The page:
The FLiP Files: Kate Hand

The FLiP Files is a blog series spotlighting young professionals who are active in PLASTICS' Future Leaders in Plastics (FLiP), a group for plastics professionals under the age of 40.  For this FLiP File, we spoke to Kate Hand, director of editorial operations at Gardner Business MediaGardner is PLASTICS’ official media partner for the NPE show products, like the Show Daily, and produces industry publications like Plastics TechnologyAdditive Manufacturing MediaMoldMaking Technology and CompositesWorld. Its flagship magazine, Modern Machine Shop, celebrates 90 years in 2018

-How did you find yourself working in the plastics industry?

A circuitous route! I have a masters in magazine publishing from Northwestern University and after graduation I worked in Chicago a bit before moving back to my hometown of Cincinnati, OH where I was hired at Gardner. Interestingly, though, I’ve been exposed to the plastics industry for many years – my father just retired from a career in the plastics industry as a chemical engineer specializing in polymers.

-Has anyone in the industry mentored you?

My best mentors have been here at Gardner—Melissa Kline Skavlem has been an amazing mentor, teaching me about how media can really serve an industry, not just cover it.

-Describe in one sentence what you do on an average day.

On any given day, I work with many of our 40-some editors on best practices in process and content creation—most days lately, I’m coordinating efforts across all of our brands for the NPE2018 Show Daily.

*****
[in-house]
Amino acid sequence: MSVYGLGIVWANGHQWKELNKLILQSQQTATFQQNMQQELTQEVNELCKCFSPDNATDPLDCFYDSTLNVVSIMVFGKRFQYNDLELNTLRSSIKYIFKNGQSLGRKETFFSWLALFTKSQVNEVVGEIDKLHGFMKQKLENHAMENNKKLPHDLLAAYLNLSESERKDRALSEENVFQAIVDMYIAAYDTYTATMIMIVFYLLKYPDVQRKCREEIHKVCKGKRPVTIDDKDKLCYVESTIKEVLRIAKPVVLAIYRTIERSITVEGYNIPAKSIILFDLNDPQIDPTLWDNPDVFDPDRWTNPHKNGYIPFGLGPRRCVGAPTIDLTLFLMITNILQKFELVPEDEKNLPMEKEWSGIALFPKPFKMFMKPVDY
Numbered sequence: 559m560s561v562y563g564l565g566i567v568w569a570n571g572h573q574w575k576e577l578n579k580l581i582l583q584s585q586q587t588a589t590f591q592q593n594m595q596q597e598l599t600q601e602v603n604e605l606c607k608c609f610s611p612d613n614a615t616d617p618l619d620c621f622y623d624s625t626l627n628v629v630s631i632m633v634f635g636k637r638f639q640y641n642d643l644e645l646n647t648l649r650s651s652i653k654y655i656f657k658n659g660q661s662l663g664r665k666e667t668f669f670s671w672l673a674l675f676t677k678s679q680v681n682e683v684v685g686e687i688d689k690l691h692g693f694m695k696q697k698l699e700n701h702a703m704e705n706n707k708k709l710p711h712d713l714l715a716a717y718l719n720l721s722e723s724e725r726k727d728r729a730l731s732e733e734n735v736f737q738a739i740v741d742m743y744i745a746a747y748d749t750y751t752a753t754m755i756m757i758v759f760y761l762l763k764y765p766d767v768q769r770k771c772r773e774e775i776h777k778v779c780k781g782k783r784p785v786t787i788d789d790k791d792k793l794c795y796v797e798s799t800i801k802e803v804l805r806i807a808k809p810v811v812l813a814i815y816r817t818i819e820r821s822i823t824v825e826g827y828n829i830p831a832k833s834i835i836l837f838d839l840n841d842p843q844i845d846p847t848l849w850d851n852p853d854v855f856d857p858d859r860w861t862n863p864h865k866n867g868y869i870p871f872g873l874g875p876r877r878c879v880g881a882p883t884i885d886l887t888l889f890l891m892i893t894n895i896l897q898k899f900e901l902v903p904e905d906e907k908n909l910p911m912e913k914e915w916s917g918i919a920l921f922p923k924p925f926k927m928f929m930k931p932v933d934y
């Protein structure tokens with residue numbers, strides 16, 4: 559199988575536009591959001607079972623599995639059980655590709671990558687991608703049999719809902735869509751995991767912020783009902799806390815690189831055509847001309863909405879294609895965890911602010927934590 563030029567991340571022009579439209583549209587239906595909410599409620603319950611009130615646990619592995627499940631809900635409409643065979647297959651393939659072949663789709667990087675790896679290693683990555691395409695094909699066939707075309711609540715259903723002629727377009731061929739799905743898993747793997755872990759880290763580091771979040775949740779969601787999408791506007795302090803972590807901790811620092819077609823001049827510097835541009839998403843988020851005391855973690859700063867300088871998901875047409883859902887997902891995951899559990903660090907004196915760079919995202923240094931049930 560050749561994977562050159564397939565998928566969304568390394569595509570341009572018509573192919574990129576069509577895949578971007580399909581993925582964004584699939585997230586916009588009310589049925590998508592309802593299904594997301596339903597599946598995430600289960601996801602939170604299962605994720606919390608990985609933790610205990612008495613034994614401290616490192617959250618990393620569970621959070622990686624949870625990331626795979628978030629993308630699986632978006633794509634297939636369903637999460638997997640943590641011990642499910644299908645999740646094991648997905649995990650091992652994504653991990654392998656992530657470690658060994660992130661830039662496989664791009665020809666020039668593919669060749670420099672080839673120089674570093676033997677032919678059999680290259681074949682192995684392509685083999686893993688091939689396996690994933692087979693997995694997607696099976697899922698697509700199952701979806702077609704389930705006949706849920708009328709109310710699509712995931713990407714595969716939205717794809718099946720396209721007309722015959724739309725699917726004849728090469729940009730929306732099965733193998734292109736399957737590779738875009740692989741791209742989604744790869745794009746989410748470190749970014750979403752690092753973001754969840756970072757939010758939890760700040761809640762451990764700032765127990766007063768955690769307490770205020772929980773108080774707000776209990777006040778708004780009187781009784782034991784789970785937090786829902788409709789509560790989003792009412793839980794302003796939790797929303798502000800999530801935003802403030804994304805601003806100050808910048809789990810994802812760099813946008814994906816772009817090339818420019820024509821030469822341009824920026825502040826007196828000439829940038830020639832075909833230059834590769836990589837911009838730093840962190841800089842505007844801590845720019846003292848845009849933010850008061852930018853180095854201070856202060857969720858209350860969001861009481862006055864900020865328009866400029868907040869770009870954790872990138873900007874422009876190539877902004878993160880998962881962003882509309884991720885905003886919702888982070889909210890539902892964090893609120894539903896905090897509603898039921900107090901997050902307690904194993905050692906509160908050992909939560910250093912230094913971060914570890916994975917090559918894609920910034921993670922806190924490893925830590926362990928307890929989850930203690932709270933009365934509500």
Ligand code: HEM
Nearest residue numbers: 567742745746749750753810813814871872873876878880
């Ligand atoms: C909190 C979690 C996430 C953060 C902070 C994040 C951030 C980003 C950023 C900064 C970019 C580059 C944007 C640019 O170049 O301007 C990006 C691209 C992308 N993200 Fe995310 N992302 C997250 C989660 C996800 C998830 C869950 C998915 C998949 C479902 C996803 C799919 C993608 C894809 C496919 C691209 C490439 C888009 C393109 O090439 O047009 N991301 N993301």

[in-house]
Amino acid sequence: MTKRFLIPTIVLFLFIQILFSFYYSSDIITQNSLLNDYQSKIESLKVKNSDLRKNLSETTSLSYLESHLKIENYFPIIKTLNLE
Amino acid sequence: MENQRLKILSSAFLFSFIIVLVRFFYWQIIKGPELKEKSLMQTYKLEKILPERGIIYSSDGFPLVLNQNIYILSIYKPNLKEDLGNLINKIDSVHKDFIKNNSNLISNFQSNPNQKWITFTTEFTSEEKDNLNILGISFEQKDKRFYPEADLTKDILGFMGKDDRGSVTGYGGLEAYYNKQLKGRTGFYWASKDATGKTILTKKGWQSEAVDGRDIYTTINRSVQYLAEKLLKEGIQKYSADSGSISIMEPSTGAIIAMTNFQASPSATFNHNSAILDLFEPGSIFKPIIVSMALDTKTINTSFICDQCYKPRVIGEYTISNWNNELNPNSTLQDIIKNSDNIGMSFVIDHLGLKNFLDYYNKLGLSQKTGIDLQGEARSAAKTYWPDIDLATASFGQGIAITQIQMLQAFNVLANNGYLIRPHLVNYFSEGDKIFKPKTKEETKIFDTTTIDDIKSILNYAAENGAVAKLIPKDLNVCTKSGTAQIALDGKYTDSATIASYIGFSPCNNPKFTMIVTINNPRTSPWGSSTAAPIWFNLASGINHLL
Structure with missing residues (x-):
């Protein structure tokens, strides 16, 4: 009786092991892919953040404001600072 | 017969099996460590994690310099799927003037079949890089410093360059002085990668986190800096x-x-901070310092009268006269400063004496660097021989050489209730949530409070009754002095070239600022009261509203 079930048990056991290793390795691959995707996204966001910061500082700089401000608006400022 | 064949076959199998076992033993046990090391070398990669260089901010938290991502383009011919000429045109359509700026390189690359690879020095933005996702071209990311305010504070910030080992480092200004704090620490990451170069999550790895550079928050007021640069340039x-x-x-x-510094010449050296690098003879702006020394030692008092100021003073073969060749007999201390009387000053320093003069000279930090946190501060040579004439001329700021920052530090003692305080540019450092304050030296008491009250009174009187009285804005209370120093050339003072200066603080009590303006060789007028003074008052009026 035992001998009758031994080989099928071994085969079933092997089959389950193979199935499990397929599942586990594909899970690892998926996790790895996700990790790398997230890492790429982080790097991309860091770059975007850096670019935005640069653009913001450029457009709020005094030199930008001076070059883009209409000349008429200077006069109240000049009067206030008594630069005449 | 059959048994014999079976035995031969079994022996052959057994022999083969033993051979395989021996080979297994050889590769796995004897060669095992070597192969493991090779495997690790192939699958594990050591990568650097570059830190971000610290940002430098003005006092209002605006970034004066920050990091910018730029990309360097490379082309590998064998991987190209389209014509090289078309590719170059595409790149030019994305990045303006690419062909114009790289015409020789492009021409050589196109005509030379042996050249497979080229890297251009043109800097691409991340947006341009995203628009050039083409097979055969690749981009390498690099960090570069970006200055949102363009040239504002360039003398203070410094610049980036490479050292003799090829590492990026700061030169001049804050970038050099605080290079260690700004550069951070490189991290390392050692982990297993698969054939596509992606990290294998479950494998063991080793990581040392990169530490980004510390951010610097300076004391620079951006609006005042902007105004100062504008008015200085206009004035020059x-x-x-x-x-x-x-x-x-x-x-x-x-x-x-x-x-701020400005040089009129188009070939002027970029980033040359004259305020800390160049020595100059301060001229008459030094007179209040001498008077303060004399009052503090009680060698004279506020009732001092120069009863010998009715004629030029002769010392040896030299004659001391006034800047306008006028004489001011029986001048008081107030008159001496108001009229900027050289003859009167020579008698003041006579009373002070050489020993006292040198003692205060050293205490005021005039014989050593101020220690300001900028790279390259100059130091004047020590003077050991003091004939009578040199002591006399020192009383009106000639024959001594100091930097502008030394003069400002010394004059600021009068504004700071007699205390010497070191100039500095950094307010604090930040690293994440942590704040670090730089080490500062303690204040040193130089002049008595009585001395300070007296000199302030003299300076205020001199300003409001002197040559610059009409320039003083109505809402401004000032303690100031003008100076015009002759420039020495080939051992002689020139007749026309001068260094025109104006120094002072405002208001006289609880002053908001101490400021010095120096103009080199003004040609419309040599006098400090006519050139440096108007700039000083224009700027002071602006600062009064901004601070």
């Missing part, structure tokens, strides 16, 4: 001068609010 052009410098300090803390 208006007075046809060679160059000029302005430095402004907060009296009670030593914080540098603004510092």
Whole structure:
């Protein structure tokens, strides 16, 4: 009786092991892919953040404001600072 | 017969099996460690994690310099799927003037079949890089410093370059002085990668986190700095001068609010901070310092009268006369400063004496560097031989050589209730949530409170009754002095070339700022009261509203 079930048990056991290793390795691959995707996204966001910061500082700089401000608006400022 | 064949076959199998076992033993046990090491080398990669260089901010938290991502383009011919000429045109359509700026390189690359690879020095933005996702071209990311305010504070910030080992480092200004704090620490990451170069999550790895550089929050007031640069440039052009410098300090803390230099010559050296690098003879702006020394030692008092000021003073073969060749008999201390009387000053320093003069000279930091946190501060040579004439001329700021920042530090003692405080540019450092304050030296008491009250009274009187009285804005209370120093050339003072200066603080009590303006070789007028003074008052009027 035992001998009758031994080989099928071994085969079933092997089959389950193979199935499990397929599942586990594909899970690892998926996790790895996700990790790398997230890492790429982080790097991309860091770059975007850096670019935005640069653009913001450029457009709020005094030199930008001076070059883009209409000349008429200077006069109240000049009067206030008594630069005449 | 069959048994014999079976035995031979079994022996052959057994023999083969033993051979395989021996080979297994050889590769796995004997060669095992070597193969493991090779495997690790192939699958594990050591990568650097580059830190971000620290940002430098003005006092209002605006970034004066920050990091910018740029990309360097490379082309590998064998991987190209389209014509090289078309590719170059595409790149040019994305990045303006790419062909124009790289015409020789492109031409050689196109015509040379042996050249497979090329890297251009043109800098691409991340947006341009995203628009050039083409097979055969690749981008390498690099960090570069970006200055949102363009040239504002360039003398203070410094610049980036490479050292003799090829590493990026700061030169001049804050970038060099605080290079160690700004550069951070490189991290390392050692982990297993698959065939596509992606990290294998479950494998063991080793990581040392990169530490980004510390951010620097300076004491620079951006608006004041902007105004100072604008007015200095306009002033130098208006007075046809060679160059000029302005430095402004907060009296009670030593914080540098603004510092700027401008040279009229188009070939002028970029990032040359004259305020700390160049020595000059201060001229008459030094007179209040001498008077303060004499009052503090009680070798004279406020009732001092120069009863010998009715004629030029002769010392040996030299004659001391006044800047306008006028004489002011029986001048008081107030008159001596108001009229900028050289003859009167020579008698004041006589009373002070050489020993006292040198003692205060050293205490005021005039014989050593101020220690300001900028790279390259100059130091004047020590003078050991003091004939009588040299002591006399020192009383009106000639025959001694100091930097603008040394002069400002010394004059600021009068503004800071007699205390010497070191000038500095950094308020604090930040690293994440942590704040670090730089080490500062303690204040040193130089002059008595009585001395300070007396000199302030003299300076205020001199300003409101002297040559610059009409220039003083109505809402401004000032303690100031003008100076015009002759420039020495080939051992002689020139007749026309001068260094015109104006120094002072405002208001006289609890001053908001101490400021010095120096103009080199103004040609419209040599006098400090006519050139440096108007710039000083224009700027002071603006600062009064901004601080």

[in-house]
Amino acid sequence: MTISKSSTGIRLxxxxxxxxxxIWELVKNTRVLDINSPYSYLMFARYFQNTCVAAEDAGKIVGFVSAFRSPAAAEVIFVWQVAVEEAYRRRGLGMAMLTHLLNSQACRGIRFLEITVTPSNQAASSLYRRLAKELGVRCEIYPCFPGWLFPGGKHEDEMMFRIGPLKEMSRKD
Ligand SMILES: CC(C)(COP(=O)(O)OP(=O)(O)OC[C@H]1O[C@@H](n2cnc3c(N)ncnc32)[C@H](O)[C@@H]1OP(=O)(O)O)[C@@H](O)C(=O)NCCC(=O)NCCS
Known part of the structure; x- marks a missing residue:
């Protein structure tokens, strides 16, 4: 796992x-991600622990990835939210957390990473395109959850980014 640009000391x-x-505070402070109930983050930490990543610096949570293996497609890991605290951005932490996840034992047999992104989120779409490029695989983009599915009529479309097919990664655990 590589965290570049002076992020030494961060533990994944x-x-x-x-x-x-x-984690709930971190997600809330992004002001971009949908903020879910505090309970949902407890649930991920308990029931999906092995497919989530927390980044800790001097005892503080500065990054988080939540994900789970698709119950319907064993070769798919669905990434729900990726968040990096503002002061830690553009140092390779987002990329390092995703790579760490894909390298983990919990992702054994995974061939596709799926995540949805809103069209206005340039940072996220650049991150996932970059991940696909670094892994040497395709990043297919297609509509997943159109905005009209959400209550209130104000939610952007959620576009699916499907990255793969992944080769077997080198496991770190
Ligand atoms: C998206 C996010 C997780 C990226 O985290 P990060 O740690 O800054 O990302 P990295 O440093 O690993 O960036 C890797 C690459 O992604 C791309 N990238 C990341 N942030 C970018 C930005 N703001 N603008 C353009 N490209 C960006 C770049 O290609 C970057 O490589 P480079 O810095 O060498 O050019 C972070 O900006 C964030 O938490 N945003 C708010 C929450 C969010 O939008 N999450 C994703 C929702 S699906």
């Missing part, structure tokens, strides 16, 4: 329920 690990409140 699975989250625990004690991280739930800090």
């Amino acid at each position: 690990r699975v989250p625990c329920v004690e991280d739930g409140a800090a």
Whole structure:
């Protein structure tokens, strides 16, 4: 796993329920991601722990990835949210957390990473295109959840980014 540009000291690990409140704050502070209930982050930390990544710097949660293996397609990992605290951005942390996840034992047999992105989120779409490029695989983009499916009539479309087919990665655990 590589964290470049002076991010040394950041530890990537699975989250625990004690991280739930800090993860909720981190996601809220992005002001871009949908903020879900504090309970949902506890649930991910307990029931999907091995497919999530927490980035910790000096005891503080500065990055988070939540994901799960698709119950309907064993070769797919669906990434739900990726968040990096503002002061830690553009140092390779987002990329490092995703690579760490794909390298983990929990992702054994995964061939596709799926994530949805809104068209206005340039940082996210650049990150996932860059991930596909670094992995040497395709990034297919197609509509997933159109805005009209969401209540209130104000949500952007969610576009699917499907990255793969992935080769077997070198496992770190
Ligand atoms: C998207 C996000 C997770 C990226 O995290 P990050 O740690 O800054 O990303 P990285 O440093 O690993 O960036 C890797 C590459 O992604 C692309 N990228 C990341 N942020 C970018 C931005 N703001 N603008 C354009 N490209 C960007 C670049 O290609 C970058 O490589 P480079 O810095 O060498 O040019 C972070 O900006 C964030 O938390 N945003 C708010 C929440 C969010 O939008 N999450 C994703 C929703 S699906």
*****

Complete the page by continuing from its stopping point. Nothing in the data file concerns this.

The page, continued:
-What do you like most about working in the plastics industry?

The people we work with in the plastics industry are so intelligent and driven and care about what they do. The focus on sustainability and eco-consciousness is beyond admirable.

What’s one thing about your personal life that you feel has been changed by having a career in plastics?

I’m SO much more aware of the plastics I use in everyday life … and their recyclability!

-What are the major challenges you think are facing the plastics industry today? How do you think the industry can overcome them?

I think the plastics industry is doing an amazing job of facing its recycling challenges head-on. The next step, which many are already taking, is working with local municipalities to make it more convenient to recycle and to educate consumers about the surprisingly wide variety of items that can be recycled.

-Why do you think someone from your generation should consider a career in plastics?

It’s an interesting field with stability and tons of growth potential. I see fantastic jobs in manufacturing, and plastics specifically; and those jobs are growing in leaps and bounds. My younger sister is a manufacturing engineer and loves her job, and I’m convinced that (maybe unlike my own chosen career of journalism) there will never be a shortage of positions for those willing to keep learning.

-What’s one plastic product you couldn’t live without?

Well—quite literally the PEEK graft in my lower back. Last year, I had spinal fusion surgery, and rather than put me through a second surgery to graft my own bone, they put in a plastic cage that my vertebrae fused around. That’s nothing short of amazing.